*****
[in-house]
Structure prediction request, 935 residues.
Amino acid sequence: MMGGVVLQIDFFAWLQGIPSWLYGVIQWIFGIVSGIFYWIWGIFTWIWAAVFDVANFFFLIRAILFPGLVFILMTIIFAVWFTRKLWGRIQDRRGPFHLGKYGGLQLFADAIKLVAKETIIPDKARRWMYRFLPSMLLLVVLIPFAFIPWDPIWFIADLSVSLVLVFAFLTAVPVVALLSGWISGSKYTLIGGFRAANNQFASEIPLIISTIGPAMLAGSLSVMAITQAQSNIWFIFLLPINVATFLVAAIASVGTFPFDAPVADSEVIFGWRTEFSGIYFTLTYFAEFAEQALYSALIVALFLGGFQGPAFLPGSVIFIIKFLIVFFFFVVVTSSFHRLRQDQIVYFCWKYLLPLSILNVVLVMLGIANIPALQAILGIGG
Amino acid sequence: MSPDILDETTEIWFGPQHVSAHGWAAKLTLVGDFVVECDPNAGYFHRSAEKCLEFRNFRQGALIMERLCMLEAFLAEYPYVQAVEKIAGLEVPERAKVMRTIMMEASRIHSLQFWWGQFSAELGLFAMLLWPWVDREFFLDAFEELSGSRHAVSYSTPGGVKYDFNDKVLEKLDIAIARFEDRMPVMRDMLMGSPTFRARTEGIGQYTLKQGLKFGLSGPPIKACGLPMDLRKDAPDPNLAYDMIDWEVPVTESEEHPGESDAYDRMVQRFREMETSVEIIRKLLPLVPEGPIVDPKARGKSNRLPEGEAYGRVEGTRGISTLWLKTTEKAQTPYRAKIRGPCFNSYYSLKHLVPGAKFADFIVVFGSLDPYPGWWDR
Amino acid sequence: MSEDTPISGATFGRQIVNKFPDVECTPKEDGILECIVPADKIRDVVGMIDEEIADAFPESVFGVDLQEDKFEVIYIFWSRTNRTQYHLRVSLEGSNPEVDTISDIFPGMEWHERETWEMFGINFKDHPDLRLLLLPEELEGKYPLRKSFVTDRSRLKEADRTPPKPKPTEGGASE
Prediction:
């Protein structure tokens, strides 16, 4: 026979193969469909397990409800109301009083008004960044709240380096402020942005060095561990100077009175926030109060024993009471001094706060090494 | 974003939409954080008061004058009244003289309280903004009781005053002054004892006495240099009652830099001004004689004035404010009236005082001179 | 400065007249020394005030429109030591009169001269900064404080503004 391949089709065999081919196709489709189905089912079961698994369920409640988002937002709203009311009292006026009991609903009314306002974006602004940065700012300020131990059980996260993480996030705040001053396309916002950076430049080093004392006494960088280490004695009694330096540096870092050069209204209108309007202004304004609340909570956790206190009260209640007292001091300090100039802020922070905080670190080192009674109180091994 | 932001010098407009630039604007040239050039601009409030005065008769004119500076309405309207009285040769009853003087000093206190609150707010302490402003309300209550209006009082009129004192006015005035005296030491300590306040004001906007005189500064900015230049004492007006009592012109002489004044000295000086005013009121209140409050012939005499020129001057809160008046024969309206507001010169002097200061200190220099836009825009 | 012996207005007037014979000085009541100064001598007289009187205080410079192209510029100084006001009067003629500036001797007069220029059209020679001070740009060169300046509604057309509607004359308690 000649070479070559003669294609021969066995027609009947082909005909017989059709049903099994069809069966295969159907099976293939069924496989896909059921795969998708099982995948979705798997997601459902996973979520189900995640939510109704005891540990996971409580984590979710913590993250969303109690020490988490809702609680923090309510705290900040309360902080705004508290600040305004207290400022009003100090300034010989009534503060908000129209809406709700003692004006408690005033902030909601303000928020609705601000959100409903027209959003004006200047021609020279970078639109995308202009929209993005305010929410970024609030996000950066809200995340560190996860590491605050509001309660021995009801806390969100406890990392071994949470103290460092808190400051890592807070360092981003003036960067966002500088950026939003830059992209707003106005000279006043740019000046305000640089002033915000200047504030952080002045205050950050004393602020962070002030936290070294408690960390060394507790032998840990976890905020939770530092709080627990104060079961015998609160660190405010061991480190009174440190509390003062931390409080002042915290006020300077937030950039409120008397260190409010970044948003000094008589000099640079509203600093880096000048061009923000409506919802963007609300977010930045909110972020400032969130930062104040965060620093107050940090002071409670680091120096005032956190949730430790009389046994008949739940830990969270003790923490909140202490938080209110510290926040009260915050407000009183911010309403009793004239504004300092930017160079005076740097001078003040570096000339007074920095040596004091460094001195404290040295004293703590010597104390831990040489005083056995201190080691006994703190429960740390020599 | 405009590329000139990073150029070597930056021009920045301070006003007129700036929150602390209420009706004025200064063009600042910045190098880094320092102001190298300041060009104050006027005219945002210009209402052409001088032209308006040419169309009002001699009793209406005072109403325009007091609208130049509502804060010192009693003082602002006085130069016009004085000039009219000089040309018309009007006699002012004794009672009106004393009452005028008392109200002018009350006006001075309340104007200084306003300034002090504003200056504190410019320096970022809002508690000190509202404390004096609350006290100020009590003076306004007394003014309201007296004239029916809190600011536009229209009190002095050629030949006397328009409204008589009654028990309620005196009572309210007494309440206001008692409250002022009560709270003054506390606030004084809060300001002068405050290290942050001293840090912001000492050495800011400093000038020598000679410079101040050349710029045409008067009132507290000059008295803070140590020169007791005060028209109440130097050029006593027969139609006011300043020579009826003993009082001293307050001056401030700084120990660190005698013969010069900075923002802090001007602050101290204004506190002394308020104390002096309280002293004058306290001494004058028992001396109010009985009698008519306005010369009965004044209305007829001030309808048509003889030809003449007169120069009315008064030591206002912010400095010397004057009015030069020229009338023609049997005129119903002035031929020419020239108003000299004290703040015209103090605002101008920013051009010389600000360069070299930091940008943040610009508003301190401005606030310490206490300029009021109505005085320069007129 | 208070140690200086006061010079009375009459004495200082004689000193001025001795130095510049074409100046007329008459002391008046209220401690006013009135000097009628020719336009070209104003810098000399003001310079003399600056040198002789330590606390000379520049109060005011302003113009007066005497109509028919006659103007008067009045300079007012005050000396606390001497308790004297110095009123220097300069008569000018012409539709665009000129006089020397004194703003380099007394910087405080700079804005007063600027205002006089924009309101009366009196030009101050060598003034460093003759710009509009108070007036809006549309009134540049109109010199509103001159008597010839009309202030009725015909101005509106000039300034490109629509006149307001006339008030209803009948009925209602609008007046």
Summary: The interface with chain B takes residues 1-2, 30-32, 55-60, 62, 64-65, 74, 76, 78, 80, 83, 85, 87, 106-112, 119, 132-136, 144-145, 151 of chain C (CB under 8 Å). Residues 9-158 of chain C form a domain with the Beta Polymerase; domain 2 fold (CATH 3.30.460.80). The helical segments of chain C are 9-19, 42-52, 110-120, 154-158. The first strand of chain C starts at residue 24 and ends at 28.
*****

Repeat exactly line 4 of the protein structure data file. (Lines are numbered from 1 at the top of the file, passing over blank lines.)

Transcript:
Amino acid sequence: MSPDILDETTEIWFGPQHVSAHGWAAKLTLVGDFVVECDPNAGYFHRSAEKCLEFRNFRQGALIMERLCMLEAFLAEYPYVQAVEKIAGLEVPERAKVMRTIMMEASRIHSLQFWWGQFSAELGLFAMLLWPWVDREFFLDAFEELSGSRHAVSYSTPGGVKYDFNDKVLEKLDIAIARFEDRMPVMRDMLMGSPTFRARTEGIGQYTLKQGLKFGLSGPPIKACGLPMDLRKDAPDPNLAYDMIDWEVPVTESEEHPGESDAYDRMVQRFREMETSVEIIRKLLPLVPEGPIVDPKARGKSNRLPEGEAYGRVEGTRGISTLWLKTTEKAQTPYRAKIRGPCFNSYYSLKHLVPGAKFADFIVVFGSLDPYPGWWDR